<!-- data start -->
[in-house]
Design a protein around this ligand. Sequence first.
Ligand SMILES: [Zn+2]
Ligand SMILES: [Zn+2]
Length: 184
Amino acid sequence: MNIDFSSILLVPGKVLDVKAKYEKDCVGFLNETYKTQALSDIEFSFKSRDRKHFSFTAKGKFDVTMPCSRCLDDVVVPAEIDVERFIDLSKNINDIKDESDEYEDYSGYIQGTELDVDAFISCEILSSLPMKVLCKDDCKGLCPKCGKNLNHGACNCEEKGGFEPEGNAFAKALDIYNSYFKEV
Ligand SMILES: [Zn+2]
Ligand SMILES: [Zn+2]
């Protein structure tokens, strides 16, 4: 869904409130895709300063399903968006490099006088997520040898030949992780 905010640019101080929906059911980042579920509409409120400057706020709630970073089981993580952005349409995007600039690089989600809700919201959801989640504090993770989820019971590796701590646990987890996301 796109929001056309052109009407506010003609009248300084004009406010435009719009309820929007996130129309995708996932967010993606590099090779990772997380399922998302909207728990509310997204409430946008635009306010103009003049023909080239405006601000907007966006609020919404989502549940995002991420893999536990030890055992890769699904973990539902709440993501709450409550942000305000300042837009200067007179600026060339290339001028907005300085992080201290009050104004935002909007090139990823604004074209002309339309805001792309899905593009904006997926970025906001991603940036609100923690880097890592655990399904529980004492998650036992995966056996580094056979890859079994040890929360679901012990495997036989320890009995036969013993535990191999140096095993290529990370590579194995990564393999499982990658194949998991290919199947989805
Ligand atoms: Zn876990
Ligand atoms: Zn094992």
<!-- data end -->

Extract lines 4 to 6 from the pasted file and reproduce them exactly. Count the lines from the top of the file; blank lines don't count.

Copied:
Ligand SMILES: [Zn+2]
Length: 184
Amino acid sequence: MNIDFSSILLVPGKVLDVKAKYEKDCVGFLNETYKTQALSDIEFSFKSRDRKHFSFTAKGKFDVTMPCSRCLDDVVVPAEIDVERFIDLSKNINDIKDESDEYEDYSGYIQGTELDVDAFISCEILSSLPMKVLCKDDCKGLCPKCGKNLNHGACNCEEKGGFEPEGNAFAKALDIYNSYFKEV